A federal appeals court ruled yesterday that several black employees of the Boston Police Department who tested positive for cocaine use offered enough proof the tests might have been racially discriminatory to warrant a closer inspection by a judge or jury.
A lower court judge had basically tossed the entire case. The US Court of Appeals for the First Circuit in Boston said the numbers don't lie: Several years of statistics from drug tests used between 1999 and 2006 showed a significantly higher positive rate among blacks than among whites, and that fact alone warrants judicial consideration as to why there was such a "disparate impact," under Title VII of the federal Civil Rights Act.
At issue are drug screenings that involved testing hair samples. The plaintiffs argue the tests unfairly tagged the plaintiffs as drug users because higher levels of melanin in their hair was more likely to bind to cocaine basically floating in the air from actual drug users, for example, at barber shops or hair salons. The department countered that no members of the drug-control and evidence units, where officers could be expected to have a high rate of contact with "aerosolized" cocaine, ever tested positive on the tests.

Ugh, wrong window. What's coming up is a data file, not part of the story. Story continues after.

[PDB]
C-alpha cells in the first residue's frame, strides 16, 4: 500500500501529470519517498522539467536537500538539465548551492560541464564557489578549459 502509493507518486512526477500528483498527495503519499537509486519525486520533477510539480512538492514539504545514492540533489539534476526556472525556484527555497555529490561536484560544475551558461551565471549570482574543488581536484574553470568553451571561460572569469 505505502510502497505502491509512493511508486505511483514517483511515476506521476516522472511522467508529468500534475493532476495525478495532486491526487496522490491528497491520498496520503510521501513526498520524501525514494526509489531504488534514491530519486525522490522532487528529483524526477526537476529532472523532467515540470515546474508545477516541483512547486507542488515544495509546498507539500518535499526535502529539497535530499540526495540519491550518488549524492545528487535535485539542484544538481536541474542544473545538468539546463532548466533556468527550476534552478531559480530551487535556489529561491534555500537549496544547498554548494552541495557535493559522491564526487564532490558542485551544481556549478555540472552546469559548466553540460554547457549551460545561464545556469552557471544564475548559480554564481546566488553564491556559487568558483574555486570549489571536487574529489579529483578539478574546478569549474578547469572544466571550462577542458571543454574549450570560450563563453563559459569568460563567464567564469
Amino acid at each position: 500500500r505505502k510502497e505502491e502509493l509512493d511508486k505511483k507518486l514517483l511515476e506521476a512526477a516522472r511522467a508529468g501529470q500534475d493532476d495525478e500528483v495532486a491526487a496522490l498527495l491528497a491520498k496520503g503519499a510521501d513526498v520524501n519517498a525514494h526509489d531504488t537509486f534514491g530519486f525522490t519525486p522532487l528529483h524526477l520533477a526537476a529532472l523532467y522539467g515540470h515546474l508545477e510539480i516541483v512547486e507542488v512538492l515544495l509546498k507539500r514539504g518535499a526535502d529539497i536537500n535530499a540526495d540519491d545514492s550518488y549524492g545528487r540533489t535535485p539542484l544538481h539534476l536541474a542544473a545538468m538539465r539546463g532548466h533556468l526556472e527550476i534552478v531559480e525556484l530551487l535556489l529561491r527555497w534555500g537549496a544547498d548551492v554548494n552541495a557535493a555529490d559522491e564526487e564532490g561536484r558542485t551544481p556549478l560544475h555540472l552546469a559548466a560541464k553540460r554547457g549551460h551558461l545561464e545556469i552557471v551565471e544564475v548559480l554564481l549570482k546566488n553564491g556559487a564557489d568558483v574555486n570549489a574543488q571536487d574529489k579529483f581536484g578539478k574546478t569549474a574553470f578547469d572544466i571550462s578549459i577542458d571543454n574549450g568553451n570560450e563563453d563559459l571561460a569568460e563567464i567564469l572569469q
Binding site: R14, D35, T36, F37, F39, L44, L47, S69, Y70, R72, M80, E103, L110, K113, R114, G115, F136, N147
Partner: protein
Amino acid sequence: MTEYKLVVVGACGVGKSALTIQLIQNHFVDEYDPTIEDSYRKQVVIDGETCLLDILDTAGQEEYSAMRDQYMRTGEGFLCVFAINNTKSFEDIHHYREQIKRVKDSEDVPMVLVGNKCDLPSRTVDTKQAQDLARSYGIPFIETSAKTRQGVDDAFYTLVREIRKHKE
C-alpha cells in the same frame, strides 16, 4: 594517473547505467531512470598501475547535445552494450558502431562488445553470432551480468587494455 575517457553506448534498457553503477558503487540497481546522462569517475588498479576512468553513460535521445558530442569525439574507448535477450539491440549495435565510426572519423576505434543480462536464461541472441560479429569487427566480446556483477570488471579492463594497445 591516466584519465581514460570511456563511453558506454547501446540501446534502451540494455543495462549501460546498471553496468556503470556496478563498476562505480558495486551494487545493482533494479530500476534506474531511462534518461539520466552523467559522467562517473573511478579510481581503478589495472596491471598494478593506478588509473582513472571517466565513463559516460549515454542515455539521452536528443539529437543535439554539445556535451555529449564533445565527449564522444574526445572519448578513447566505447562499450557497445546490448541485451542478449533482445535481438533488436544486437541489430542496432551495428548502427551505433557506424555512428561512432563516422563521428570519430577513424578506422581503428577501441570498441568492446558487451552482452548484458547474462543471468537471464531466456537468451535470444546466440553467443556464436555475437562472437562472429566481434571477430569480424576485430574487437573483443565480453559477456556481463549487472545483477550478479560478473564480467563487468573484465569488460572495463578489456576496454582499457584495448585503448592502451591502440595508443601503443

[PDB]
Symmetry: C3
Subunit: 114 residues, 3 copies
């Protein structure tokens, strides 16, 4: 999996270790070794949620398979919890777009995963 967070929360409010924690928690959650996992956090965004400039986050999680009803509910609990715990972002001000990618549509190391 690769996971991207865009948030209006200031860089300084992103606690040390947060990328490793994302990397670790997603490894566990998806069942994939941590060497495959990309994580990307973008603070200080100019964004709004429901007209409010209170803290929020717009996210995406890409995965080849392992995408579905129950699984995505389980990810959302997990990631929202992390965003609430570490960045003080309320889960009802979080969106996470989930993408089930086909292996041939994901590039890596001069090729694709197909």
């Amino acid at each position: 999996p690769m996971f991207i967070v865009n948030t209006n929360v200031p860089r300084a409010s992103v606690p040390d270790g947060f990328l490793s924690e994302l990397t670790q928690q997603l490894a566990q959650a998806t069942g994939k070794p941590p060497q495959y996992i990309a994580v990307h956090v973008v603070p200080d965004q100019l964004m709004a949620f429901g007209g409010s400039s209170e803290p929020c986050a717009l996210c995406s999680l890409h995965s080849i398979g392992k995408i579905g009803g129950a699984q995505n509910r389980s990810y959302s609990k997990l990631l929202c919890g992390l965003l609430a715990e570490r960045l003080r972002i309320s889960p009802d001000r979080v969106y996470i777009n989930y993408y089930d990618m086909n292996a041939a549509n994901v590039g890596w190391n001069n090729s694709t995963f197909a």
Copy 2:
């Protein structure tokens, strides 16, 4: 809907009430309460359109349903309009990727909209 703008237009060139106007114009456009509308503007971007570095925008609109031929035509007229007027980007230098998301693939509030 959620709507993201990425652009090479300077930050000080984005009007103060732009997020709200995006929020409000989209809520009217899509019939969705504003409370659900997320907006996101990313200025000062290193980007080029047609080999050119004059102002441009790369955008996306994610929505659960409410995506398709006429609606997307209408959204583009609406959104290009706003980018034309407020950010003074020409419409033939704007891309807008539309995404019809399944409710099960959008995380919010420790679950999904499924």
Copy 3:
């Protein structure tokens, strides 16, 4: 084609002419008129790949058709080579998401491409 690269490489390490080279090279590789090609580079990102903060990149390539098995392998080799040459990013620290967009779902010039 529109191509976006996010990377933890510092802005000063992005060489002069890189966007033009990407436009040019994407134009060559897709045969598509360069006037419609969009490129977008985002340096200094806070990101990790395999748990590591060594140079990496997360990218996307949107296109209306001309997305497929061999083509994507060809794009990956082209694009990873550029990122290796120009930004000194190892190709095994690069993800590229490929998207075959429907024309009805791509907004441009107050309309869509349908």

The court did reject the employees' argument that their due-process rights were violated, saying they were given adequate chances to appeal the test results. The court said due process did not apply to one plaintiff who had a job offer rescinded because of a positive test because she was not yet a permanent employee.
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